but different time slots in the uplink and down- same radio access system band.
link.

NTT DOCOMO Technical Journal Vol. 17 No. 4 23


5G Radio Access Technology

Transmit side
UE1
Transmit power
UE2 +
Frequency

UE1 (cell center) UE2 (cell edge)


Receive side UE1
Receive side UE2
UE2 signal decoding UE2 interference cancelling
and replica generation + UE1 signal decoding UE2 signal decoding
NTT DOCOMO Technical Journal

Receive power Receive power

Frequency Receive power Frequency

- Frequency
UE2 signal replica generation
Decoded UE1 signal

Figure 9 Basic principle of NOMA

Interference Cancellation (SIC)*36, and NOMA can also be combined with tech- does feed back a user Precoding Matrix
while it has been under study since the nologies that are being applied in LTE. Index (PMI)*39 to the base station.
3G era, the need for advanced processing For example, combining NOMA with (1) NOMA link level evaluation
on the terminal side has made it difficult MIMO in LTE would make it possible Given the application of a Code
to implement. Today, however, rapid to multiplex data streams*38 at a number Word level SIC (CWIC) receiver*40,
progress in terminal processing power exceeding the number of transmit an- Figure 10 shows multiplex power
will make such technology feasible in tennas thereby increasing system perfor- ratio (P1) of a cell-center user ver-
the near future. mance. sus required Signal to Noise Ratio
Next, on the UE2 side, the fact that 3) Performance Evaluations and (SNR)*41 for which BLock Error
low transmit power has been allocated Transmission Experiments Ratio (BLER) of the cell-center user
to the UE1 signal that constitutes an in- To assess the effectiveness of NOMA, applying CWIC satisfies 10-1. Here,
terference signal to the UE2 signal means NTT DOCOMO performed performance we set the number of multiplexed
that the signal intended for UE2 can be evaluations using computer simulations users to 2 and applied 2-by-2 closed-
directly decoded without applying SIC. and transmission experiments using pro- loop Single User (SU)-MIMO*42 (in
In addition, the need for applying totype equipment [8]–[11]. In this study, which feedback information from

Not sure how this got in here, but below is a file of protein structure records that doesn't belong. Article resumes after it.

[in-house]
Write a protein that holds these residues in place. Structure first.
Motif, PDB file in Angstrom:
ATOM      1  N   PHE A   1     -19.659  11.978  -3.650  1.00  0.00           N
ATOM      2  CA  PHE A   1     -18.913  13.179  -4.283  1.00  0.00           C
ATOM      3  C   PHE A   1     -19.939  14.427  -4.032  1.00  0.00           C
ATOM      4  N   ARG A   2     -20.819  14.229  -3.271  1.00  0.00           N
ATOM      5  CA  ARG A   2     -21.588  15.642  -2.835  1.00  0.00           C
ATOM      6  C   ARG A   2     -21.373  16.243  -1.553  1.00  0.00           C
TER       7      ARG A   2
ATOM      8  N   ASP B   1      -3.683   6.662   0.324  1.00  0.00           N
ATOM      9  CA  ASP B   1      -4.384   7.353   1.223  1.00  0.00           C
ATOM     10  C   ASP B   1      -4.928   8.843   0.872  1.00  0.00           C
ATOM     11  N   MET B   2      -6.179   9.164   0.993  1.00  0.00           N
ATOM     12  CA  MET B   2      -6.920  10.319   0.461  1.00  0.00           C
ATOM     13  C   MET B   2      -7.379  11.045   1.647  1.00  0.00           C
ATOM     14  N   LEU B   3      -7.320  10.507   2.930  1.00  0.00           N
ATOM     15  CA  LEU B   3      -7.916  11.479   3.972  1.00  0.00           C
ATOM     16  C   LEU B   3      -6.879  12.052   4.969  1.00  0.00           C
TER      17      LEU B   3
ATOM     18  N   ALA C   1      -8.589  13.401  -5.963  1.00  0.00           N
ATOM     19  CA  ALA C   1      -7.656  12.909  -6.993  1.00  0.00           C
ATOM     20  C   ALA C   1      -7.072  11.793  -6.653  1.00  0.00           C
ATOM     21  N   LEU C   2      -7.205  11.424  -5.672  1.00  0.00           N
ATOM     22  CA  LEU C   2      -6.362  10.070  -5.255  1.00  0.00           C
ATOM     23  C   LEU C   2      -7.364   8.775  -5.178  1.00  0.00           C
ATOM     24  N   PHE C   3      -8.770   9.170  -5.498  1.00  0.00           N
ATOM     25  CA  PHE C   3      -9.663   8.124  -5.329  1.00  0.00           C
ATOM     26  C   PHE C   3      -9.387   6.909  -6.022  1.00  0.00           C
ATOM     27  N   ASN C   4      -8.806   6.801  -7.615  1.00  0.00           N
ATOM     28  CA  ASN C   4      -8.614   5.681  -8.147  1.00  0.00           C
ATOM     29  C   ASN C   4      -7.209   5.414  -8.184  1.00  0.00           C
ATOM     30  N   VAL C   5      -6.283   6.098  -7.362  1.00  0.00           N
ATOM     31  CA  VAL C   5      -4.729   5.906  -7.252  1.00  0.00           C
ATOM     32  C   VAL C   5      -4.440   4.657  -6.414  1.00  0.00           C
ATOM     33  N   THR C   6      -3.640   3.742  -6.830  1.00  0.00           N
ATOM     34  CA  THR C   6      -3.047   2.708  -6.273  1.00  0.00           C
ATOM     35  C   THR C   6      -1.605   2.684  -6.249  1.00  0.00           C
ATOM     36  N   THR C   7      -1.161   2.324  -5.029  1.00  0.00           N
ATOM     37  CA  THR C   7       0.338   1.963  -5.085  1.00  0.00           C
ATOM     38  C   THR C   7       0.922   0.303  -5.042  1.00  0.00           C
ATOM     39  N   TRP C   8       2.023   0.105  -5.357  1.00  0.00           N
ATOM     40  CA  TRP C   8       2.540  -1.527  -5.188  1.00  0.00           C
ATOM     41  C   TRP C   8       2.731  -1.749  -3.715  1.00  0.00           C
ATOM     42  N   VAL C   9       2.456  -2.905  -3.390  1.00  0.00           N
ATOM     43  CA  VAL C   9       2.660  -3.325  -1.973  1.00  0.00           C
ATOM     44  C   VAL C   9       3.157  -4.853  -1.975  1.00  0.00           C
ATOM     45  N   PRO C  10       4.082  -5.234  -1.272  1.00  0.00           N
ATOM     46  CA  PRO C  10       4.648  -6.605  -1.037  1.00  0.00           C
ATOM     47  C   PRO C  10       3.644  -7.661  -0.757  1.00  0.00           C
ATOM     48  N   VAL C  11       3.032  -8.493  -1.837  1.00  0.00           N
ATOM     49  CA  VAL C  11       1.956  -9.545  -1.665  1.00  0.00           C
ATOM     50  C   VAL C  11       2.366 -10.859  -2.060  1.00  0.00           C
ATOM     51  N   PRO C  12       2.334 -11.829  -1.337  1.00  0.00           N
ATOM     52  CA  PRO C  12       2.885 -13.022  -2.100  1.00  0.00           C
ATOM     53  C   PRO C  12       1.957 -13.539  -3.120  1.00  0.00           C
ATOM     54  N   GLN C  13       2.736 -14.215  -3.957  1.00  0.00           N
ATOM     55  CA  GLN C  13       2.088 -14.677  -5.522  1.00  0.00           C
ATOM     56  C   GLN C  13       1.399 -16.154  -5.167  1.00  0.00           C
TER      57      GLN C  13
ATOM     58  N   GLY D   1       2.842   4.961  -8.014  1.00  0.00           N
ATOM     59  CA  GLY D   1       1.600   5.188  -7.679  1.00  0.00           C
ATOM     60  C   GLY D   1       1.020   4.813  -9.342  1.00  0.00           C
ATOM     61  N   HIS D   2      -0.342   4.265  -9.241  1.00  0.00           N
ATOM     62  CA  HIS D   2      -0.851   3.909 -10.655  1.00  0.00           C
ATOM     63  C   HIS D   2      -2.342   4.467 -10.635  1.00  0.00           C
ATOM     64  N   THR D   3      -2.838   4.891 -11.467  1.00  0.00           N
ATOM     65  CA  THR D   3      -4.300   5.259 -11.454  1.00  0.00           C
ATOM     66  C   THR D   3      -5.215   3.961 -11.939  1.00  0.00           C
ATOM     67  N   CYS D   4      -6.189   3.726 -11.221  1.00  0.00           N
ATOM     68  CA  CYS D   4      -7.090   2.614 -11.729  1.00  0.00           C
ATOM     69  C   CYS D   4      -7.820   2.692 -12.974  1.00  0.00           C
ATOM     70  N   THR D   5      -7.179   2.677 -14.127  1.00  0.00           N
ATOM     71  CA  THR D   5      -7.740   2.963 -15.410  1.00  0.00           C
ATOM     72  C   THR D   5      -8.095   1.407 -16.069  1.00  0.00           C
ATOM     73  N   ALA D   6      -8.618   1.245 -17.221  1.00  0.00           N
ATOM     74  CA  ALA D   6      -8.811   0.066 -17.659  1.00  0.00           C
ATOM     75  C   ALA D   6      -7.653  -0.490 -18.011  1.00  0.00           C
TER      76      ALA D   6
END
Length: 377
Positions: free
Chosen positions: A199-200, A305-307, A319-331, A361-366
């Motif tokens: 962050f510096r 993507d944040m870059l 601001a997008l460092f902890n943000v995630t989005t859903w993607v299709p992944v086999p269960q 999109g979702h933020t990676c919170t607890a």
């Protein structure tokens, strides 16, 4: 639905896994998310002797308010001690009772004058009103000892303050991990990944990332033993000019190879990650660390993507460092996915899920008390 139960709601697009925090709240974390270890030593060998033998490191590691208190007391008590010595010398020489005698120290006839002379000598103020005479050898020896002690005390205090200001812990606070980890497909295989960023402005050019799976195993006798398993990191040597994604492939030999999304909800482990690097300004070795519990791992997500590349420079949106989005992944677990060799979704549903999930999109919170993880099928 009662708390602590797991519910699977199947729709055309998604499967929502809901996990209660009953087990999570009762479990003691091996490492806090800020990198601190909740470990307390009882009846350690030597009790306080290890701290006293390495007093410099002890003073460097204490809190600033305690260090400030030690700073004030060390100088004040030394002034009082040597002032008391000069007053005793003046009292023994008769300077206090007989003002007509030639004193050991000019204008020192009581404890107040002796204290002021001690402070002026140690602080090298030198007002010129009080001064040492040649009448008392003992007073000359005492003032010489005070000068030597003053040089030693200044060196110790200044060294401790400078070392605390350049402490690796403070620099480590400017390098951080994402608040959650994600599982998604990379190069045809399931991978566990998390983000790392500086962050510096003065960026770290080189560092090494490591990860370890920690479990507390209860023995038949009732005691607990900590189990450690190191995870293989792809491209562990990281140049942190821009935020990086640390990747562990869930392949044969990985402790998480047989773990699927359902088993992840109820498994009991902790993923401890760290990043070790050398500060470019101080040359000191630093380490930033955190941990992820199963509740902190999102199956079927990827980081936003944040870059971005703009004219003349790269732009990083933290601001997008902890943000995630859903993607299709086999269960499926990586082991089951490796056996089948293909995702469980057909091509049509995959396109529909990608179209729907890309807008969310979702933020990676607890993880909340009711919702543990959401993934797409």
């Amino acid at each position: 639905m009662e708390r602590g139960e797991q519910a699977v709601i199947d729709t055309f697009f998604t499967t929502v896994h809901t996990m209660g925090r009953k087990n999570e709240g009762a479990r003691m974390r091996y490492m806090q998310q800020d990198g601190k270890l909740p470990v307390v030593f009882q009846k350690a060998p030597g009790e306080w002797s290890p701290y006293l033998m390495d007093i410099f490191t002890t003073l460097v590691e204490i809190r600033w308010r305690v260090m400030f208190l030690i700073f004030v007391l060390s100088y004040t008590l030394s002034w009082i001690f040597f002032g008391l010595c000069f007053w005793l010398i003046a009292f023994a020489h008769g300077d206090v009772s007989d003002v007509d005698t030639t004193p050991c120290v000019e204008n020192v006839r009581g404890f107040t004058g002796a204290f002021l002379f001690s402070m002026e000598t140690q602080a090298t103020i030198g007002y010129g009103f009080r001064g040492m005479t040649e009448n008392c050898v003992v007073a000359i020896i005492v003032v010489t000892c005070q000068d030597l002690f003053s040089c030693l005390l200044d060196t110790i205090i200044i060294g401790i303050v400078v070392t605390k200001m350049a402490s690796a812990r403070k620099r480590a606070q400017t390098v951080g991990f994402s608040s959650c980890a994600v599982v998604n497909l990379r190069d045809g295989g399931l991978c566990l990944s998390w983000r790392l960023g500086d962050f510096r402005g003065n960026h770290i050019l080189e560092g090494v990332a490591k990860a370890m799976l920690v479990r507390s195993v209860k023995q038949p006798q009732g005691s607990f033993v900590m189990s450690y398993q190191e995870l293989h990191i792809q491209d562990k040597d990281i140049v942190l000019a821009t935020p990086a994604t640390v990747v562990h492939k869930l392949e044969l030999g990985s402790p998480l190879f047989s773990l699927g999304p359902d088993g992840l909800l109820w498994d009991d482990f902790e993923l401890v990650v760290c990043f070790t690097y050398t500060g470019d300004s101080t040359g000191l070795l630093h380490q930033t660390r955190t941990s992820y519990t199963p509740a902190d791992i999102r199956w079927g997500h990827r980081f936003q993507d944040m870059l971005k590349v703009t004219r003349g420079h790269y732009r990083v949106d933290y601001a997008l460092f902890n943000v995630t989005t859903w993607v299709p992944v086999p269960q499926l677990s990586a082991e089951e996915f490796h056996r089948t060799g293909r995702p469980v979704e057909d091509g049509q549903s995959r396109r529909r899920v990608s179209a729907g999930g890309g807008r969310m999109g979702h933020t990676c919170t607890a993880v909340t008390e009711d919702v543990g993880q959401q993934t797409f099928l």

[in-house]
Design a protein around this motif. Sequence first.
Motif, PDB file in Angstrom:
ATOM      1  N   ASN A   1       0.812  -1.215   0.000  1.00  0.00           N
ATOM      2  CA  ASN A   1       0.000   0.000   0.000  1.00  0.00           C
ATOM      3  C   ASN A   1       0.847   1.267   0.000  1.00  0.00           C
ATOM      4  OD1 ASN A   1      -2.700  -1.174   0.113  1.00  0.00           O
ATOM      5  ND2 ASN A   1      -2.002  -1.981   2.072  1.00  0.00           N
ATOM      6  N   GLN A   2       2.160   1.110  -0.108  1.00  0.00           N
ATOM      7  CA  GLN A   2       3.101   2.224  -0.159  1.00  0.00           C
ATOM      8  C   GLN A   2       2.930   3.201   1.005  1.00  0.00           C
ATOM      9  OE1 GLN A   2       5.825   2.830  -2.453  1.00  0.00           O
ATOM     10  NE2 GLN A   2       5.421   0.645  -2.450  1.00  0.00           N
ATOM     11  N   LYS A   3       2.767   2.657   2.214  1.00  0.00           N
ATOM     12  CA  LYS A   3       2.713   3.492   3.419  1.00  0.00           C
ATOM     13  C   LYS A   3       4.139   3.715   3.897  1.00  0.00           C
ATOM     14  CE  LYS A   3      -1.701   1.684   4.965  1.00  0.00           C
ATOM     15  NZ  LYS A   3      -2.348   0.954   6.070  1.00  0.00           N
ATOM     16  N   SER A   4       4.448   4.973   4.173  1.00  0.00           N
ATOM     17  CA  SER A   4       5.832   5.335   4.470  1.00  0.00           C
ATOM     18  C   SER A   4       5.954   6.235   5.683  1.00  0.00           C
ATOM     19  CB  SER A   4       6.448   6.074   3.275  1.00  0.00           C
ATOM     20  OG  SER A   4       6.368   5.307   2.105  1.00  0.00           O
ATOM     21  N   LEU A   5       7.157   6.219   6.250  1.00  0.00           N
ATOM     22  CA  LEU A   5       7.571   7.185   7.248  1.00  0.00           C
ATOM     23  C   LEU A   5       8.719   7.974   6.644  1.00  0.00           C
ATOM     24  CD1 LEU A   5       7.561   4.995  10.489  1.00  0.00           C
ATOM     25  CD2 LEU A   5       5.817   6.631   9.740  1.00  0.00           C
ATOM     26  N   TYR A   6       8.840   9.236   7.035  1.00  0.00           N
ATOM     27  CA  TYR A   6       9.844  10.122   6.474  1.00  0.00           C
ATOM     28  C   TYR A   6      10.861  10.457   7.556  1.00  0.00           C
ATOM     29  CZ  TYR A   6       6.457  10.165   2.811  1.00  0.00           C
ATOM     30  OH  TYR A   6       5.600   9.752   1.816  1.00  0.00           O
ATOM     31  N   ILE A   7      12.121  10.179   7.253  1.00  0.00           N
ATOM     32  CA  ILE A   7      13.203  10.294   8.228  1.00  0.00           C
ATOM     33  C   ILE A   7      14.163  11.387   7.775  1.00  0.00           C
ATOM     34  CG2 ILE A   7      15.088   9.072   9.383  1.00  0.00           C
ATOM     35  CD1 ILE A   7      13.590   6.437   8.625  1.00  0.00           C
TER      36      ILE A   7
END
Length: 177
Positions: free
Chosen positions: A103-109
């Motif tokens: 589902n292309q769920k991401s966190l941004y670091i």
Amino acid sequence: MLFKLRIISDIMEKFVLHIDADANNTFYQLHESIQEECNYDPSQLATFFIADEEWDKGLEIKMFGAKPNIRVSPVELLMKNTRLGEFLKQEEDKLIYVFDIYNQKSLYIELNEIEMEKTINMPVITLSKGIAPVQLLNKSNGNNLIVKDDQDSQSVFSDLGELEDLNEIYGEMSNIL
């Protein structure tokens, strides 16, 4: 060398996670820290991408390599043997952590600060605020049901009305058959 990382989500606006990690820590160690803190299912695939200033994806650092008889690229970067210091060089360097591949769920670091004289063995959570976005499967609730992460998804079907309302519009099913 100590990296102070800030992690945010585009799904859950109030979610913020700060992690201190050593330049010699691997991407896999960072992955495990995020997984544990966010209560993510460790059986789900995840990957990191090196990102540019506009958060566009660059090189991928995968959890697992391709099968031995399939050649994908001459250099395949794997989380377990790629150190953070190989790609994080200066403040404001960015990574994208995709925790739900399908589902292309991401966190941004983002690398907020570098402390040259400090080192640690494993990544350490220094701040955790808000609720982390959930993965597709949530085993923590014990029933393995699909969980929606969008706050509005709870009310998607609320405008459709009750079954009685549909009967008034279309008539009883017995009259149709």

NOMA can be dynamically selected in the radio frame configuration was based the user terminal is unnecessary)
subframe*37 units in the base station’s on that of LTE Release 8 and the target based on LTE TM3 [12]. The Modu-
scheduler, which means that NOMA of these evaluations was Transmission lation and Coding Scheme (MCS)*43
can coexist on a network that supports Mode 3 (TM3) and Transmission Mode of each user was 64 Quadrature
existing LTE/LTE-Advanced terminals. 4 (TM4) that respectively does not and Amplitude Modulation (64QAM)*44

*36 SIC: A signal separation method in which mul- streams when applying 2-by-2 MIMO is 2. to obtain a predetermined error rate or better.
tiple signals making up a received signal are *39 PMI: A matrix based on precoding weights for *42 SU-MIMO: A technology for transmitting and
detected one by one and separated by a cancel- controlling the phase and amplitude of the trans- multiplexing multiple signal streams by multiple
ing process. mit signal. antennas between a base station and terminal
*37 Subframe: A unit of radio resources in the time *40 CWIC receiver: An SIC receiver that decodes with one user as target.
domain consisting of multiple OFDM symbols the interfering-user signal, generates an inter- *43 MCS: Combinations of modulation scheme and
(generally 14 OFDM symbols). fering replica signal, and applies an interference coding rate decided on beforehand when per-
*38 Data streams: Separate streams of data when cancellation process. forming AMC.
performing parallel transmission as in MIMO. *41 Required SNR: The minimum value of SNR
For example, the maximum number of data required for performing MIMO signal separation

24 NTT DOCOMO Technical Journal Vol. 17 No. 4


30
30
UE1 : 64QAM (R = 0.50)

Required SNR for which BLER of cell-center user


UE2 : QPSK (R = 0.49)

of 10 (dB)
25

Required SNR of cell center UE


25

-1
20
20

10-1 (dB)
OMA (R = 2)

BLER 15
15
NTT DOCOMO Technical Journal

satisfies

10
10
for achieving

OMA (R = 1)

55
R1 : R2 = 1 : 1
00 R1 : R2 = 2 : 1
R1 : R2 = 2 : 2
-5
-5
00 0.1
0.1 0.2
0.2 0.3
0.3 0.4
0.4 0.5
0.5
Power